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# Stocks, shares, debentures and Brokerage

To start any big business, a large sum of money is needed.

Stocks, shares, debentures and Brokerage

To start any big business, a large sum of money is needed. It is generally not possible for an individual to manage such a large sum. Therefore the total sum of money can be divided into equal parts called shares. The holder of shares are called shareholders.

## 1. Types of shares:

There are two type shares namely common (or equity) and preferred.

The profit gained by the company is distributed among the share holders The preferred share holders have a first claim on dividend. When they have been paid, the remaining profit is distributed among the common share holders.

## 2. Definitions

(i) Capital stock is the total amount invested to start a company.

(ii) The share purchased by the individual is also called stock.

(iii) The persons who buy the shares are also called stock holders

(iv) Face value : The original value of a share at which the company sells/ buys it to investors is called a face value or nominal value or par value. It is to be noted that the original value of share is printed on the share certificate.

(v) Market value : The price at which the stock is bought or sold in the market is called the market value (or cash value).

### Remarks:

(i) If the market value of a share is greater than the face value then, the share is said to be above par (or at premium).

(ii) If the market value of a share is the same as its face value then, the share is said to be at par.

(iii) If the market value of a share is less than the face value then, the share is said to be below par (or at discount).

### Dividend :

The profit gained by a company, distributed among the share holders is called dividend. It is calculated on the face value of the share.

## Some useful results:

### (i) Investment:

Money invested = number of shares × market value of a share

### (ii) Income:

Annual income = number of shares × face value of a share × rate of dividend

### (iii) Return percentage (or yield percentage):

Percentage of return= Income / Investment x 100

### (iv) Number of shares:

Number of shares purchased = Investment / market value of a share

### Stock exchange:

The place where the shares are traded is called the stock exchange (or) stock market.

### Brokerage:

A broker who executes orders to buy and sell shares through a stock market is called Stock Broker. A fee or commission for their service is called the brokerage.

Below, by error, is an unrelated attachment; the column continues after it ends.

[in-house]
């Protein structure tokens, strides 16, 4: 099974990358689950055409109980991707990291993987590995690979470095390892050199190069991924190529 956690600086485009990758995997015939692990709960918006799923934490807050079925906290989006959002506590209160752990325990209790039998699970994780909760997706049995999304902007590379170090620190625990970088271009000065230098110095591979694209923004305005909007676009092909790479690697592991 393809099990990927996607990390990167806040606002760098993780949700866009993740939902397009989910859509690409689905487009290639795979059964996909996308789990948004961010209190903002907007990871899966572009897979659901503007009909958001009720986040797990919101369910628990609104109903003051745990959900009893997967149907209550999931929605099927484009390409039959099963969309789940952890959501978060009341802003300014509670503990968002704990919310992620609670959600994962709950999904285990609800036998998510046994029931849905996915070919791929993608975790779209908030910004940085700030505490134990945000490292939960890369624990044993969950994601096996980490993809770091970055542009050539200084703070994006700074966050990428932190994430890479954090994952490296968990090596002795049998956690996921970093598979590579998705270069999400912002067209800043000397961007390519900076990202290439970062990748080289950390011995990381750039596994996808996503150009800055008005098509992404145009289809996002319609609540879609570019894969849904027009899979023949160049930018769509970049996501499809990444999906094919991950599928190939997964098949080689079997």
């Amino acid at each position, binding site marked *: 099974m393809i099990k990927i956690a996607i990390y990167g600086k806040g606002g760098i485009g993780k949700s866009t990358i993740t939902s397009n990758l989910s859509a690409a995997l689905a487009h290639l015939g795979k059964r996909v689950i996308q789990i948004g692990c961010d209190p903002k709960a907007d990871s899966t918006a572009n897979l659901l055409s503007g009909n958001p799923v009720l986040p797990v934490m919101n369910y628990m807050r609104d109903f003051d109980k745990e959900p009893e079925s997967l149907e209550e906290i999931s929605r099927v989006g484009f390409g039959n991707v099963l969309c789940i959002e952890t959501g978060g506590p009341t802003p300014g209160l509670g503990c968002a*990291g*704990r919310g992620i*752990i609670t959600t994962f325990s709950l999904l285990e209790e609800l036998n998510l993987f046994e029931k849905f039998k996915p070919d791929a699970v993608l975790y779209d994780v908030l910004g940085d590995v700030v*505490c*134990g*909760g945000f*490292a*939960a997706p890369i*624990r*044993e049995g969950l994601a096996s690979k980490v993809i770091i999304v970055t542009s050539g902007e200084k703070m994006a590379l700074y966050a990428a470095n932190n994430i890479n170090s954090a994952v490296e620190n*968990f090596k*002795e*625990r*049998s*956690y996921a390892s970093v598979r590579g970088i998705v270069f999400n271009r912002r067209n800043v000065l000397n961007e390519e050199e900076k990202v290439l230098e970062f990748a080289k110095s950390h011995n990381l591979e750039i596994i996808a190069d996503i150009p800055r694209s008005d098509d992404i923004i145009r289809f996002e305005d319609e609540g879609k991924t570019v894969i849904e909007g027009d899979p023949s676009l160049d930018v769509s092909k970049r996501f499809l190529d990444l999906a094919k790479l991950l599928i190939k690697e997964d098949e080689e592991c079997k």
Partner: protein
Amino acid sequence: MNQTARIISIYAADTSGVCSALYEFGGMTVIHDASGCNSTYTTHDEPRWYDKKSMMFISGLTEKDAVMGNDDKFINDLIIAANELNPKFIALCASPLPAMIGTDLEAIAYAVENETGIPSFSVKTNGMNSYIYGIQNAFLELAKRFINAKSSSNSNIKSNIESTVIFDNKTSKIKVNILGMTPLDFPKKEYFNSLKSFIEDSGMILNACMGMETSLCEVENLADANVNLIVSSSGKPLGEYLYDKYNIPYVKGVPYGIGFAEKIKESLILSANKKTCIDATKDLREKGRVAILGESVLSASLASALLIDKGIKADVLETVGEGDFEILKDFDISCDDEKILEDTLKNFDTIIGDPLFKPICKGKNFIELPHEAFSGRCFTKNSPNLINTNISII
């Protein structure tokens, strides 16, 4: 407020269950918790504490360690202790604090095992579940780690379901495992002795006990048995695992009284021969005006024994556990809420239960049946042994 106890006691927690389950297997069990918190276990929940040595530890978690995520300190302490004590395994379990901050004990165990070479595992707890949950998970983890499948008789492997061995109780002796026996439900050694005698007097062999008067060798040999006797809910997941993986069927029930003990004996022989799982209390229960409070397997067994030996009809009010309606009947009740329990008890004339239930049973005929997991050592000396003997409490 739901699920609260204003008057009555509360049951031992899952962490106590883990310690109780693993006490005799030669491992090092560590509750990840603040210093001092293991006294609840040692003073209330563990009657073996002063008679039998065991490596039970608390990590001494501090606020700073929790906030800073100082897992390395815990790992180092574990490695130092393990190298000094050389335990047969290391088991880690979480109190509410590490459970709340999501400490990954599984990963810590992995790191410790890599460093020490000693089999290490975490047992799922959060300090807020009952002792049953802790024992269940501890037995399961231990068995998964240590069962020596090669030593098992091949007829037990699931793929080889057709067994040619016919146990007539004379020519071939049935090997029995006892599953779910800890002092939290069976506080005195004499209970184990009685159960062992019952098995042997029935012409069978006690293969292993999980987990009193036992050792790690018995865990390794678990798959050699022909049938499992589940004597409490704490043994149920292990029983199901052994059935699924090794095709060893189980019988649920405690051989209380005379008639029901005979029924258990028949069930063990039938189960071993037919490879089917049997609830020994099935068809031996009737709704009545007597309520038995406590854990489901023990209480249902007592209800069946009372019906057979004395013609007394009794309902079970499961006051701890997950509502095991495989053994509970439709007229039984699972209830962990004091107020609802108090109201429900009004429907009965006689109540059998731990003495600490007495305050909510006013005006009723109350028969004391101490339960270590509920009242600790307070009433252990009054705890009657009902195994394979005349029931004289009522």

Brokerage is generally based on the face value and expressed as a percentage.

NOTE

(i) When the stock is purchased, brokerage is added to cost price.

(ii) When the stock is sold, brokerage is subtracted from the selling price..

Example 7.11

Find the market value of 325 shares of amount 100 at a premium of 18.

Solution :

Face value of a share =  100

Premium per share =  18

M.V. of 1 share =  118

Market value of 325 shares =  number of shares × M.V of 1 share

= 325 × 118

= 38,350

Therefore market value of 325 shares = 38,350.

Example 7.12

A man buys 500 shares of amount 100 at 14 below par. How much money does he pay?

Number of shares =       500

Face value of a share     =       ₹100

Discount     =       ₹14

Market value of a share =       100 – 14 (face value – discount)

=       ₹86.

Market value of 500 shares =  Number of shares × market value of 1share

=       500 × 86

=       43,000

Market value of 500 shares =  ₹43,000

Example 7.13

A person buy 20 shares (par value of 10) of a company which pays 9% dividend at such a price that he gets 12% on his money. Find the market value of a share.

Solution :-

Face value of one share  =       ₹10

Face value of 20 shares  =       ₹200 Example 7.14

If the dividend received from 10% of 25 shares is 2000. Find the number of shares.

Solution :

Let x be the number of shares.

Market value of ‘x’ shares = 25 x Hence the number of shares = 800

Example 7.15

Find the number of shares which will give an annual income of 3,600 from 12% stock of face value 100.

Solution :

Let ‘x’ be the number of shares.